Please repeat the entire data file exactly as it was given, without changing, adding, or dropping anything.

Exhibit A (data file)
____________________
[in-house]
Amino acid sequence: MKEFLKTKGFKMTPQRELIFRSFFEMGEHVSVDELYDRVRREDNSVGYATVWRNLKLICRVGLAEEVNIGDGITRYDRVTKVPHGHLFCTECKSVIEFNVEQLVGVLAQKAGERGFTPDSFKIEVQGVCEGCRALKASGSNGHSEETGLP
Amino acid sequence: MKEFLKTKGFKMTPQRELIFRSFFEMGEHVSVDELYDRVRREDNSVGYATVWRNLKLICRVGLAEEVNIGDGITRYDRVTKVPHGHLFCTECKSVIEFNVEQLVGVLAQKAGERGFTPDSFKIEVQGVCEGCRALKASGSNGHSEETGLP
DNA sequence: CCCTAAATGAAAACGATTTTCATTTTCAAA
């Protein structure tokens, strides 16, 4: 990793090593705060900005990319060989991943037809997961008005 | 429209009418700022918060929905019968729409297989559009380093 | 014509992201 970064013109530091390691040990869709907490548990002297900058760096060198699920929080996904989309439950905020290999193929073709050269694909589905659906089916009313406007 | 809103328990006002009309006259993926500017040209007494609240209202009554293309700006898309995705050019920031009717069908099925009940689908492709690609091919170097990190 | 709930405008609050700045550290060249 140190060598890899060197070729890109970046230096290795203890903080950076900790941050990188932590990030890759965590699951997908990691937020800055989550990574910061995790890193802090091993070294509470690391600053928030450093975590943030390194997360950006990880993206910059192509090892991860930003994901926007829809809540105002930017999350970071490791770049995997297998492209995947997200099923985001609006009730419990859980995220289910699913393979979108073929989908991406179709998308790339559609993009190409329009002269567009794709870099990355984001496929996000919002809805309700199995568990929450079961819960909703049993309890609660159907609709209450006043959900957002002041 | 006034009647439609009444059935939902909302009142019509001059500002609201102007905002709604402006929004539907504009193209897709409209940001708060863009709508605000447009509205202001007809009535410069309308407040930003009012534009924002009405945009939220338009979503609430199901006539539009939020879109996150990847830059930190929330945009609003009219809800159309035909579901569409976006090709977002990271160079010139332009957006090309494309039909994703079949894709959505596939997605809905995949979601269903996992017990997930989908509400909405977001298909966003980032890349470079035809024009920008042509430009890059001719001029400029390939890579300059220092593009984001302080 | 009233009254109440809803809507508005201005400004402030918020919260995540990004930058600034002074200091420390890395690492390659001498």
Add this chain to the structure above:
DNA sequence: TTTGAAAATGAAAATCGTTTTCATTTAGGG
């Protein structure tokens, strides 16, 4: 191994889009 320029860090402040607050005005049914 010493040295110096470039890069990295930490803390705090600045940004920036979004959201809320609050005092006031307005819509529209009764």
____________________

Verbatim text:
[in-house]
Amino acid sequence: MKEFLKTKGFKMTPQRELIFRSFFEMGEHVSVDELYDRVRREDNSVGYATVWRNLKLICRVGLAEEVNIGDGITRYDRVTKVPHGHLFCTECKSVIEFNVEQLVGVLAQKAGERGFTPDSFKIEVQGVCEGCRALKASGSNGHSEETGLP
Amino acid sequence: MKEFLKTKGFKMTPQRELIFRSFFEMGEHVSVDELYDRVRREDNSVGYATVWRNLKLICRVGLAEEVNIGDGITRYDRVTKVPHGHLFCTECKSVIEFNVEQLVGVLAQKAGERGFTPDSFKIEVQGVCEGCRALKASGSNGHSEETGLP
DNA sequence: CCCTAAATGAAAACGATTTTCATTTTCAAA
């Protein structure tokens, strides 16, 4: 990793090593705060900005990319060989991943037809997961008005 | 429209009418700022918060929905019968729409297989559009380093 | 014509992201 970064013109530091390691040990869709907490548990002297900058760096060198699920929080996904989309439950905020290999193929073709050269694909589905659906089916009313406007 | 809103328990006002009309006259993926500017040209007494609240209202009554293309700006898309995705050019920031009717069908099925009940689908492709690609091919170097990190 | 709930405008609050700045550290060249 140190060598890899060197070729890109970046230096290795203890903080950076900790941050990188932590990030890759965590699951997908990691937020800055989550990574910061995790890193802090091993070294509470690391600053928030450093975590943030390194997360950006990880993206910059192509090892991860930003994901926007829809809540105002930017999350970071490791770049995997297998492209995947997200099923985001609006009730419990859980995220289910699913393979979108073929989908991406179709998308790339559609993009190409329009002269567009794709870099990355984001496929996000919002809805309700199995568990929450079961819960909703049993309890609660159907609709209450006043959900957002002041 | 006034009647439609009444059935939902909302009142019509001059500002609201102007905002709604402006929004539907504009193209897709409209940001708060863009709508605000447009509205202001007809009535410069309308407040930003009012534009924002009405945009939220338009979503609430199901006539539009939020879109996150990847830059930190929330945009609003009219809800159309035909579901569409976006090709977002990271160079010139332009957006090309494309039909994703079949894709959505596939997605809905995949979601269903996992017990997930989908509400909405977001298909966003980032890349470079035809024009920008042509430009890059001719001029400029390939890579300059220092593009984001302080 | 009233009254109440809803809507508005201005400004402030918020919260995540990004930058600034002074200091420390890395690492390659001498």
Add this chain to the structure above:
DNA sequence: TTTGAAAATGAAAATCGTTTTCATTTAGGG
């Protein structure tokens, strides 16, 4: 191994889009 320029860090402040607050005005049914 010493040295110096470039890069990295930490803390705090600045940004920036979004959201809320609050005092006031307005819509529209009764």